Holding back some nitrogen for later in the season could prolong crop greening and boost wheat yields, according to leading agronomy firm Hutchinsons.
Research undertaken as part of the ADAS-run Yield Enhancement Network (YEN) suggests keeping a proportion of nitrogen back until flag leaf emergence (growth stage 39) helps prevent early crop senescence, giving more time for crops to intercept light and build yield, explains trials and research manager Dr Bob Bulmer.
Many growers, apart from those striving for milling specification, tend to have applied all their nitrogen by the second node stage (GS 32) around the end of April, but that can potentially leave crops short of nitrogen after flowering, he says.
“The developing grain has a large demand for nitrogen and protein which will be taken out of the canopy if there is insufficient available, leading to early senescence. Saving a bit of nitrogen for the flag leaf timing, which is usually around 20 May, supports that later demand and extends the growing period from July into August, capturing more light and helping break the yield plateau.
“It’s about using nitrogen more efficiently, not necessarily putting more on, which is something growers in the YEN project are doing very well.”
Mr Bulmer says that splitting nitrogen applications in this way would mean a typical crop receiving 200kg N/ha in total would have around 40kg/ha applied at the end of February/ early March, followed by 80kg/ha at GS 31, 40kg/ha at GS 32 and 40kg/ha at flag leaf emergence.
He favours keeping the final flag leaf dose to around 40kg/ha, even where a larger total dose is being applied on higher yield potential crops. For example, if a total of 220kg N/ha is being applied, he suggests increasing the GS 32 rate to 60kg/ha.
“I’d trim the rates back a bit for backward crops where the yield potential isn’t as high, but the same methodology of splitting doses still applies,” he adds.
Dr Bulmer acknowledges weather around the flag leaf timing can often be dry, which potentially poses a challenge for nitrogen uptake. Liquid nitrogen may offer some benefit over granular forms in such cases, providing growers minimise the risk of crop scorch, he says.
Little and often yields results
Lincolnshire YEN member and previous holder of the UK’s record wheat yield (14.3t/ha) David Hoyles has been using late nitrogen for several years on his 600ha farm east of Spalding.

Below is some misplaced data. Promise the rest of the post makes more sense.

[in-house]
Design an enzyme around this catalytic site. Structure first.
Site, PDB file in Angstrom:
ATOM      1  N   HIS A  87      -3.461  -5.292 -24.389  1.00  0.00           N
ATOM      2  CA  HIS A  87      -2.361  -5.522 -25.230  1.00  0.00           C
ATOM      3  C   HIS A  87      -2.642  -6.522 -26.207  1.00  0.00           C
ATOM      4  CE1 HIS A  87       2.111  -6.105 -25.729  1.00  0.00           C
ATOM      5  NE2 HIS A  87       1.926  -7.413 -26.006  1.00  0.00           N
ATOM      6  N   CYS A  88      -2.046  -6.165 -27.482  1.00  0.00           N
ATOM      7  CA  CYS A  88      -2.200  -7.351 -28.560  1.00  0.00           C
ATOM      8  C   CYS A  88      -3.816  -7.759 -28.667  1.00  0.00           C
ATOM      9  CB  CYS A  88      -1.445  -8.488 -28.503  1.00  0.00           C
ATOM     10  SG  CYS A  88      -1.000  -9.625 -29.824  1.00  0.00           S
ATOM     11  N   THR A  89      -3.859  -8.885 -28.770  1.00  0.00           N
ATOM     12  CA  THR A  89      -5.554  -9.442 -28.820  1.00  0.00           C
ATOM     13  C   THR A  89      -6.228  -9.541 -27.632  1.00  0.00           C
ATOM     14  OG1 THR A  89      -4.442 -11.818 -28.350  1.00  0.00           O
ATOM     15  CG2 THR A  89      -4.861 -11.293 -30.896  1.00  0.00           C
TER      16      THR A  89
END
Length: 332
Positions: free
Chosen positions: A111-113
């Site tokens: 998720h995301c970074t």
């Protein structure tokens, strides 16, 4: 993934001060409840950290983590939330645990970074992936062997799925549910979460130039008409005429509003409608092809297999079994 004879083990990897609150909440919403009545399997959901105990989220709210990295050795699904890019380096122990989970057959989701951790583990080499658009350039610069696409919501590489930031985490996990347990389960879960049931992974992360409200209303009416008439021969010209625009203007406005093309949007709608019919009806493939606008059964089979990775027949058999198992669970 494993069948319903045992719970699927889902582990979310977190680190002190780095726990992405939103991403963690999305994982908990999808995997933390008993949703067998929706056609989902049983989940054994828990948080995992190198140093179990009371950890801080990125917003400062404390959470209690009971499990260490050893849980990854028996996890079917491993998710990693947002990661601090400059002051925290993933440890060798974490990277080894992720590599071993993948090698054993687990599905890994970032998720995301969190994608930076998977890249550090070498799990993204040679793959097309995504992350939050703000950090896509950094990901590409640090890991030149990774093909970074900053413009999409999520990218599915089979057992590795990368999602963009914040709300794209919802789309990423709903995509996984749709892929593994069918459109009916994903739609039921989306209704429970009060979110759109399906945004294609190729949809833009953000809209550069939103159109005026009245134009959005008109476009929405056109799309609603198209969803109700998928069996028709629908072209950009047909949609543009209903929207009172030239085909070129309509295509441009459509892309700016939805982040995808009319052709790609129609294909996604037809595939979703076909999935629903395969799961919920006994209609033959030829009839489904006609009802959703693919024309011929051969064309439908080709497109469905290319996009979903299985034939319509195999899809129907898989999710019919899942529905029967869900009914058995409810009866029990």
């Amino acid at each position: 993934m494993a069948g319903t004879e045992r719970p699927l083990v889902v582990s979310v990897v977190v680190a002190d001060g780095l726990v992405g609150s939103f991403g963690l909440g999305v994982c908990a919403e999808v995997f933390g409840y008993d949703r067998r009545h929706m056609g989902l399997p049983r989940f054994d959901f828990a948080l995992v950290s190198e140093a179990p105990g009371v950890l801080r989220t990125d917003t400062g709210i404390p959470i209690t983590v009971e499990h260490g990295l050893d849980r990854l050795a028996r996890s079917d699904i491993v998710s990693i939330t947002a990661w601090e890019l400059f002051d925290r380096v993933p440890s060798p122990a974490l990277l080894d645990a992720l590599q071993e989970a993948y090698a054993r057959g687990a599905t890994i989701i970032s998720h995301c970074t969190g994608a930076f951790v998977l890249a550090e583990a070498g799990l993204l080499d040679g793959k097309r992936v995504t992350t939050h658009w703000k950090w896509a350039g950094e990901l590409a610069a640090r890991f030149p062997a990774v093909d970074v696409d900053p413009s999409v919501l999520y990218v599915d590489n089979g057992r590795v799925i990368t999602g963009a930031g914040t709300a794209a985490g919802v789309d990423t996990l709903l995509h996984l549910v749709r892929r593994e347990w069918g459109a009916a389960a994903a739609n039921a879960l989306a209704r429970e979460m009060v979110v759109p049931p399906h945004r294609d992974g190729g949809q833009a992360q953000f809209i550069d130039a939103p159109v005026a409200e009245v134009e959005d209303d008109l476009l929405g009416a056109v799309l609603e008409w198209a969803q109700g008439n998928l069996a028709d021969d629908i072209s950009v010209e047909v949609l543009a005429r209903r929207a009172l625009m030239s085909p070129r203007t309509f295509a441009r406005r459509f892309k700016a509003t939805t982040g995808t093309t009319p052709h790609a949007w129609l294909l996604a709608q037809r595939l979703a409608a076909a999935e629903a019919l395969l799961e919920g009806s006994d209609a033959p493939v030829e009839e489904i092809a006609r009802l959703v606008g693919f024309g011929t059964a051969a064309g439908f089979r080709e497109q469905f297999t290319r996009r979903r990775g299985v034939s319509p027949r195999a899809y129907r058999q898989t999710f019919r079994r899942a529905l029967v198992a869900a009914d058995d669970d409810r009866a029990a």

His “little and often approach” across 150ha of Evolution and Santiago wheat usually involves three or four evenly split granular nitrogen applications through the season, with the first, around 30kg/ha, going on at the end of February and the last at flag leaf emergence.
Given average wheat yields of around 12-13t/ha, total applied nitrogen is a relatively modest 150kg/ha. This is partly due to the success of split applications, but also reflects the productive moisture retentive silt-based soils and a rotation that leaves high levels of residual nitrogen, he says.
“Exact amounts of applied nitrogen vary depending on soil mineral nitrogen testing in February, crop canopy cover and weather, but our general approach is to encourage plant growth as early as possible in the season and keep crops green for as long as we can to maximise light interception and put on yield. We’re fortunate enough to have a small enough area that we can get around with fertiliser in a day, so can afford to more accurately pick the right timing.”
Mr Hoyles acknowledges that prolonged greening can push harvest later than some growers may like, but insists the system works for his business.
“We have a lot of spring cropping in the form of potatoes, sugar beet, vining peas and beetroot and don’t grow any oilseed rape, so there isn’t the pressure to get crops cleared as quickly in August. If harvest runs into late August or even early September it isn’t so much of an issue for us – we’d rather have the extra yield put on during that period.”
As part of the YEN project, Mr Hoyles is investigating higher nitrogen rates to see if yields can be pushed further. Small 4ha plots with different rates (200kg, 280kg and 360kg N/ha) have been established and the same split application approach will be taken as on the rest of the farm.
“We’re aiming for a 15t/ha crop and are interested to see whether higher nitrogen will make a difference. The challenge will be to keep the crop standing,” he notes.